Georgia Republican David Perdue has faced intense scrutiny over the last year for trading stocks while in office, including allegations that he used information that he gleaned in Senate hearings to buy pharmaceutical shares and sell others in live entertainment before the shutdown occurred. Now, a New York Times analysis published Wednesday reveals the scale of his stock trading as a senator, adding more examples of questionable dealing in office.
According to the report, Perdue has made up close to a third of all Senate trades reported since 2014, the year he came into office. He traded stocks, bonds, and funds about 2,600 times in six years — equal to the combined trading volume of the next five most-active traders in the Senate. While there’s no evidence that Perdue traded on nonpublic information, which is a potential crime, there are new ethical questions surrounding his decision to trade where he legislates. On close to 30 occasions during his time on the Senate cybersecurity panel, Perdue bought and sold stock in a cybersecurity firm that signed a $30 million contract in his home state of Georgia. And as a member of the Banking, Housing, and Urban Affairs subcommittee, Perdue bought and sold shares of several firms that the body oversaw, including JPMorgan Chase and Bank of America.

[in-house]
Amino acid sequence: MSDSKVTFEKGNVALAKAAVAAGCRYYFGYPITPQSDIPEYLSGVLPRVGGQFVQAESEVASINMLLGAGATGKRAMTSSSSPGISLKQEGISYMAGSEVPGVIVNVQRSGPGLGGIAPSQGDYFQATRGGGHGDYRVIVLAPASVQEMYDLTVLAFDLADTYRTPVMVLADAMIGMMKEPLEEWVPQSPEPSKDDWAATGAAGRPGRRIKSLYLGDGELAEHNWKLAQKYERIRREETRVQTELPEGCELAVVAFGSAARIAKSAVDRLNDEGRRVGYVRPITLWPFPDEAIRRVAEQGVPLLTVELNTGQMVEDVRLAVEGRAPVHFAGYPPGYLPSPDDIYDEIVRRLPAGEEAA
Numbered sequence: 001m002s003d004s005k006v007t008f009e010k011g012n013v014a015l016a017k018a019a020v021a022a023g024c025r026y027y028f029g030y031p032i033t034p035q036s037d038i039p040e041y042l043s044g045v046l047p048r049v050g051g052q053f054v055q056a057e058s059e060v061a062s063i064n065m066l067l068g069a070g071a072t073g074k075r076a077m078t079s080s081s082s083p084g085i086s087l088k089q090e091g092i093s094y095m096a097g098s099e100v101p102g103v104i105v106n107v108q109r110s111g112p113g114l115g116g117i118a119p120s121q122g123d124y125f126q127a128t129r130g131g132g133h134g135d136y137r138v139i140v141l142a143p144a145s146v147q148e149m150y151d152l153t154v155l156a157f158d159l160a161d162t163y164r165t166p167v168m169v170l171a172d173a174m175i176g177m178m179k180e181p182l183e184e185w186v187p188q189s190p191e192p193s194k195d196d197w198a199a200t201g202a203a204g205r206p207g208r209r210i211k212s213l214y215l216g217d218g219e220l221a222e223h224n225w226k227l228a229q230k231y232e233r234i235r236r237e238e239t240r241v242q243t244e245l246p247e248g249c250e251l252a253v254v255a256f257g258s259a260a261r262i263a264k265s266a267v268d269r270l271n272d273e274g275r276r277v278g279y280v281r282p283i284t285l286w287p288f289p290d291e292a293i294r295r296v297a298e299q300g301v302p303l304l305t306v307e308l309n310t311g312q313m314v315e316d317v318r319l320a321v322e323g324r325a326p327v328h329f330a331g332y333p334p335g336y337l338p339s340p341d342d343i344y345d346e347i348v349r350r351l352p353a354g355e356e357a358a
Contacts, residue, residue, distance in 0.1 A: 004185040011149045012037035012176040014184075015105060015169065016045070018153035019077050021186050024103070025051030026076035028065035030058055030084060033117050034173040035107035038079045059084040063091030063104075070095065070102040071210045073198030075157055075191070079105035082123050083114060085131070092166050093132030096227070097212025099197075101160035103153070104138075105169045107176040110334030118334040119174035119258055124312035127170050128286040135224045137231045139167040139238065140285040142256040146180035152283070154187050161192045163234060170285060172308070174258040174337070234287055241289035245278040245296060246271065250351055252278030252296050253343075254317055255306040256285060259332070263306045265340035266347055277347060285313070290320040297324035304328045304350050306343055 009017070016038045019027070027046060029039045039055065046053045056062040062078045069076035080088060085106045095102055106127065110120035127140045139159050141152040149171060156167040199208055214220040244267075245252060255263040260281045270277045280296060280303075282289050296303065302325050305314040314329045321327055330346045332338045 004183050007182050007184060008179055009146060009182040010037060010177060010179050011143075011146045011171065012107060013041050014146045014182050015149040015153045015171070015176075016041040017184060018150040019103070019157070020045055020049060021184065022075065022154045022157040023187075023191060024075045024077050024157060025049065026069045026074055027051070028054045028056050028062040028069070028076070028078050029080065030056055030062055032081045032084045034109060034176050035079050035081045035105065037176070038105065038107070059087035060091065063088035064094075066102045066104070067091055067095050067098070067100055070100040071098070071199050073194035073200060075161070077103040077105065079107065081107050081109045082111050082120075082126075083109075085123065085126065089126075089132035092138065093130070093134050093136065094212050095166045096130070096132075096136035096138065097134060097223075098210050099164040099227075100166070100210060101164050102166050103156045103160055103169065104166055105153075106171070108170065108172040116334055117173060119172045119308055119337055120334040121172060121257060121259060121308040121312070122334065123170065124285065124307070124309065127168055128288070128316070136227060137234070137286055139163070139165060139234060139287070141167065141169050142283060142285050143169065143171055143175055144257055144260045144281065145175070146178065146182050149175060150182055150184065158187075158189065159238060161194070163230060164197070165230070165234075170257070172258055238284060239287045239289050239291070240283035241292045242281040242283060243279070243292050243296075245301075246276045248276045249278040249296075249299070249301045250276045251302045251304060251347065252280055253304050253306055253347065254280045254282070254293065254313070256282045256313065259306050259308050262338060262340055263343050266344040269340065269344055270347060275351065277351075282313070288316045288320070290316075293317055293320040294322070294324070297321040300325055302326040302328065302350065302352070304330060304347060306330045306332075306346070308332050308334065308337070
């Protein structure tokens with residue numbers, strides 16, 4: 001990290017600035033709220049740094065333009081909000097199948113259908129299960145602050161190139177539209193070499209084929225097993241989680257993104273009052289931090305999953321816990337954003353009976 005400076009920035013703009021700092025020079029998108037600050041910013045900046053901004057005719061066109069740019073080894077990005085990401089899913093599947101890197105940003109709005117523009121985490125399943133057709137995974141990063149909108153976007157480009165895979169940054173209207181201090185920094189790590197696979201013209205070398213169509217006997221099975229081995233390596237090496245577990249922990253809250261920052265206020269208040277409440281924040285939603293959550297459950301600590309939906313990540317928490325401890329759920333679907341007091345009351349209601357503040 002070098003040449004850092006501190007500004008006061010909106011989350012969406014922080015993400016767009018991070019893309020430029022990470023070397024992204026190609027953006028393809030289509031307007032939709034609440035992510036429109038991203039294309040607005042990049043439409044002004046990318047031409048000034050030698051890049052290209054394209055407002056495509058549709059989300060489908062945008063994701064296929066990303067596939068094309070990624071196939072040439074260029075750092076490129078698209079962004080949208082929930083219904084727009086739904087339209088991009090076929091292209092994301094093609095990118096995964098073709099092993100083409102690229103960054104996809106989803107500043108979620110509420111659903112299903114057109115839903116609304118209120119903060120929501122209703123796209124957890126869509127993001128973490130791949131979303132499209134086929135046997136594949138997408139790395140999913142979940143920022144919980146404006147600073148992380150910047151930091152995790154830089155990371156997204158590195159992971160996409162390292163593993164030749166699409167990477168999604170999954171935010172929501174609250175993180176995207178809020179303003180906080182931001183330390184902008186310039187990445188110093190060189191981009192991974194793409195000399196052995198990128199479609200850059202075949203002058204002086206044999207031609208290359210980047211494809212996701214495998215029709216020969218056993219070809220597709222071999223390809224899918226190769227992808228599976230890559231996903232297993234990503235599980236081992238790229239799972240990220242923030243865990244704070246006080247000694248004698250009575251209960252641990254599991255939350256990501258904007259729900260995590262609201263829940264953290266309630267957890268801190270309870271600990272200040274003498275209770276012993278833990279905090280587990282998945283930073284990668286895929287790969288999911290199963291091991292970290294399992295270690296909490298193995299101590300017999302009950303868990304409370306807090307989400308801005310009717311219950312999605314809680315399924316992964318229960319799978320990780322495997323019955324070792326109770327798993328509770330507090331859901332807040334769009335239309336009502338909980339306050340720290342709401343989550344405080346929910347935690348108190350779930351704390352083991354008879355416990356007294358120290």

Perdue was one of a handful of lawmakers accused in March of using intelligence from Senate hearings to inform their financial decisions. (Perdue’s fellow Georgia senator, Kelly Loeffler, has also faced allegations of using nonpublic information she gleaned as a senator to inform her investment strategy.) The most notable red flag involves a stock purchase in a company that makes medical equipment on the same day that senators received a classified briefing on the coronavirus. (Perdue has denied attending the session.) And in February, just before Pfizer announced its intention to develop a COVID vaccine, he purchased $245,000 in stocks in the pharmaceutical company. He also sold up to $165,000 in stocks of the casino firm Caesar Entertainment prior to the shutdown and economic crash. Last week, the Times reported that the Department of Justice questioned him over his prolific trading, but apparently cleared him of wrongdoing.
Even more emerged after that. In September, the Daily Beast reported that in 2017, two weeks after easing regulations for prepaid debit cards, he bought stock in a card-payment processor with significant business in the predatory industry. A report from the same outlet in November revealed that Purdue began to purchase stock in a company making submarine parts — just before taking charge of a subcommittee overseeing Navy spending in January 2019. Once on the subcommittee, he then sold the stock for tens of thousands of dollars in profit after working on a bill that required the Navy to purchase specialized products from the firm in question.
In addition to the DOJ investigation and the increased scrutiny over the very idea of senators being able to hold individual stocks, the post-election revelations could hurt both Perdue and fellow Georgia senator Kelly Loeffler as they face runoffs in January that will decide control of the Senate.